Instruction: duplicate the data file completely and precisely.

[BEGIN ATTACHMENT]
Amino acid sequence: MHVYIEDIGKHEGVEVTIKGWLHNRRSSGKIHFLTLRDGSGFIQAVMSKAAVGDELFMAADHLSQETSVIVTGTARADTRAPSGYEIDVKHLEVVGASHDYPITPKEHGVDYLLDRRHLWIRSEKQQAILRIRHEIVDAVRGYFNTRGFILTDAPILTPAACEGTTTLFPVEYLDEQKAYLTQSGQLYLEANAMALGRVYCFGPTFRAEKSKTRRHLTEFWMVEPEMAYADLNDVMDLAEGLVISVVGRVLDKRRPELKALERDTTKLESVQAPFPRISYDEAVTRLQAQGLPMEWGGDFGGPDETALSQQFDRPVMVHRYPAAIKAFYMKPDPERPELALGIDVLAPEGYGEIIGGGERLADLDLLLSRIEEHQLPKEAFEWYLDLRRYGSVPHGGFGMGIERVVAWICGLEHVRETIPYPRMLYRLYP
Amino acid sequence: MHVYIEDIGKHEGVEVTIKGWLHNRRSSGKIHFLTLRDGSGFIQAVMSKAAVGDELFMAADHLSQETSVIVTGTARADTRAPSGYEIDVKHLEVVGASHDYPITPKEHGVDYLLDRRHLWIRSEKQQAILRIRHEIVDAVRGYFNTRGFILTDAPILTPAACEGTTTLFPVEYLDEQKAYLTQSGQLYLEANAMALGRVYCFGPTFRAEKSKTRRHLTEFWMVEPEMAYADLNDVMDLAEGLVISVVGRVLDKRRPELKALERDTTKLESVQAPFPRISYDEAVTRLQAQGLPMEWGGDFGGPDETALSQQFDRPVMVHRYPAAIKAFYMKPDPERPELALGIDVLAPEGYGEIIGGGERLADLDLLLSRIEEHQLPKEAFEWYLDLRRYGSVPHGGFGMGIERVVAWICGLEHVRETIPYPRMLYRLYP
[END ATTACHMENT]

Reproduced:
Amino acid sequence: MHVYIEDIGKHEGVEVTIKGWLHNRRSSGKIHFLTLRDGSGFIQAVMSKAAVGDELFMAADHLSQETSVIVTGTARADTRAPSGYEIDVKHLEVVGASHDYPITPKEHGVDYLLDRRHLWIRSEKQQAILRIRHEIVDAVRGYFNTRGFILTDAPILTPAACEGTTTLFPVEYLDEQKAYLTQSGQLYLEANAMALGRVYCFGPTFRAEKSKTRRHLTEFWMVEPEMAYADLNDVMDLAEGLVISVVGRVLDKRRPELKALERDTTKLESVQAPFPRISYDEAVTRLQAQGLPMEWGGDFGGPDETALSQQFDRPVMVHRYPAAIKAFYMKPDPERPELALGIDVLAPEGYGEIIGGGERLADLDLLLSRIEEHQLPKEAFEWYLDLRRYGSVPHGGFGMGIERVVAWICGLEHVRETIPYPRMLYRLYP
Amino acid sequence: MHVYIEDIGKHEGVEVTIKGWLHNRRSSGKIHFLTLRDGSGFIQAVMSKAAVGDELFMAADHLSQETSVIVTGTARADTRAPSGYEIDVKHLEVVGASHDYPITPKEHGVDYLLDRRHLWIRSEKQQAILRIRHEIVDAVRGYFNTRGFILTDAPILTPAACEGTTTLFPVEYLDEQKAYLTQSGQLYLEANAMALGRVYCFGPTFRAEKSKTRRHLTEFWMVEPEMAYADLNDVMDLAEGLVISVVGRVLDKRRPELKALERDTTKLESVQAPFPRISYDEAVTRLQAQGLPMEWGGDFGGPDETALSQQFDRPVMVHRYPAAIKAFYMKPDPERPELALGIDVLAPEGYGEIIGGGERLADLDLLLSRIEEHQLPKEAFEWYLDLRRYGSVPHGGFGMGIERVVAWICGLEHVRETIPYPRMLYRLYP